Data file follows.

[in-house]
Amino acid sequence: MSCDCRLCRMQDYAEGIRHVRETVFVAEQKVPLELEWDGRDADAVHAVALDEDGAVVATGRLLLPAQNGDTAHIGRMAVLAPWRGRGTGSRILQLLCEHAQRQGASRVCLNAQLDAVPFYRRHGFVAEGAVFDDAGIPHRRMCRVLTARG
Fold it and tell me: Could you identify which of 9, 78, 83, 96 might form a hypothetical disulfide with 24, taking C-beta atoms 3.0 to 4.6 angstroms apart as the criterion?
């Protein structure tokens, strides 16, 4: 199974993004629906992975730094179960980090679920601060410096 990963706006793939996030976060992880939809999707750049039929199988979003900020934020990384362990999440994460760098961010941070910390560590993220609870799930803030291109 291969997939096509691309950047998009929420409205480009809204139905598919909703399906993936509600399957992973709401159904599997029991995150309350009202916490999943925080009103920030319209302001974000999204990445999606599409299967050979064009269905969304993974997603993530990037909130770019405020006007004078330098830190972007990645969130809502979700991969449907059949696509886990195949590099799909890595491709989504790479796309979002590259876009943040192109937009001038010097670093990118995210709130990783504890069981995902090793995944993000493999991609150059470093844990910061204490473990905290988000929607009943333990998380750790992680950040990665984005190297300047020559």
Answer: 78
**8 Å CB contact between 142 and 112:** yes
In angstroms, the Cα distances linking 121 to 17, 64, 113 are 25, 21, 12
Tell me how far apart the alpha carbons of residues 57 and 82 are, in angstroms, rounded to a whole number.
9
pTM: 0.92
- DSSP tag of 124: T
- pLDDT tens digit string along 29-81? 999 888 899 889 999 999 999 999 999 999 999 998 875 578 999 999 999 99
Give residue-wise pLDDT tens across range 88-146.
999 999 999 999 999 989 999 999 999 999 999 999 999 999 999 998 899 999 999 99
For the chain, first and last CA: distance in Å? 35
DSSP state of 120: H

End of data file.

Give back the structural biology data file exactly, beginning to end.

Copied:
[in-house]
Amino acid sequence: MSCDCRLCRMQDYAEGIRHVRETVFVAEQKVPLELEWDGRDADAVHAVALDEDGAVVATGRLLLPAQNGDTAHIGRMAVLAPWRGRGTGSRILQLLCEHAQRQGASRVCLNAQLDAVPFYRRHGFVAEGAVFDDAGIPHRRMCRVLTARG
Fold it and tell me: Could you identify which of 9, 78, 83, 96 might form a hypothetical disulfide with 24, taking C-beta atoms 3.0 to 4.6 angstroms apart as the criterion?
């Protein structure tokens, strides 16, 4: 199974993004629906992975730094179960980090679920601060410096 990963706006793939996030976060992880939809999707750049039929199988979003900020934020990384362990999440994460760098961010941070910390560590993220609870799930803030291109 291969997939096509691309950047998009929420409205480009809204139905598919909703399906993936509600399957992973709401159904599997029991995150309350009202916490999943925080009103920030319209302001974000999204990445999606599409299967050979064009269905969304993974997603993530990037909130770019405020006007004078330098830190972007990645969130809502979700991969449907059949696509886990195949590099799909890595491709989504790479796309979002590259876009943040192109937009001038010097670093990118995210709130990783504890069981995902090793995944993000493999991609150059470093844990910061204490473990905290988000929607009943333990998380750790992680950040990665984005190297300047020559």
Answer: 78
**8 Å CB contact between 142 and 112:** yes
In angstroms, the Cα distances linking 121 to 17, 64, 113 are 25, 21, 12
Tell me how far apart the alpha carbons of residues 57 and 82 are, in angstroms, rounded to a whole number.
9
pTM: 0.92
- DSSP tag of 124: T
- pLDDT tens digit string along 29-81? 999 888 899 889 999 999 999 999 999 999 999 998 875 578 999 999 999 99
Give residue-wise pLDDT tens across range 88-146.
999 999 999 999 999 989 999 999 999 999 999 999 999 999 999 998 899 999 999 99
For the chain, first and last CA: distance in Å? 35
DSSP state of 120: H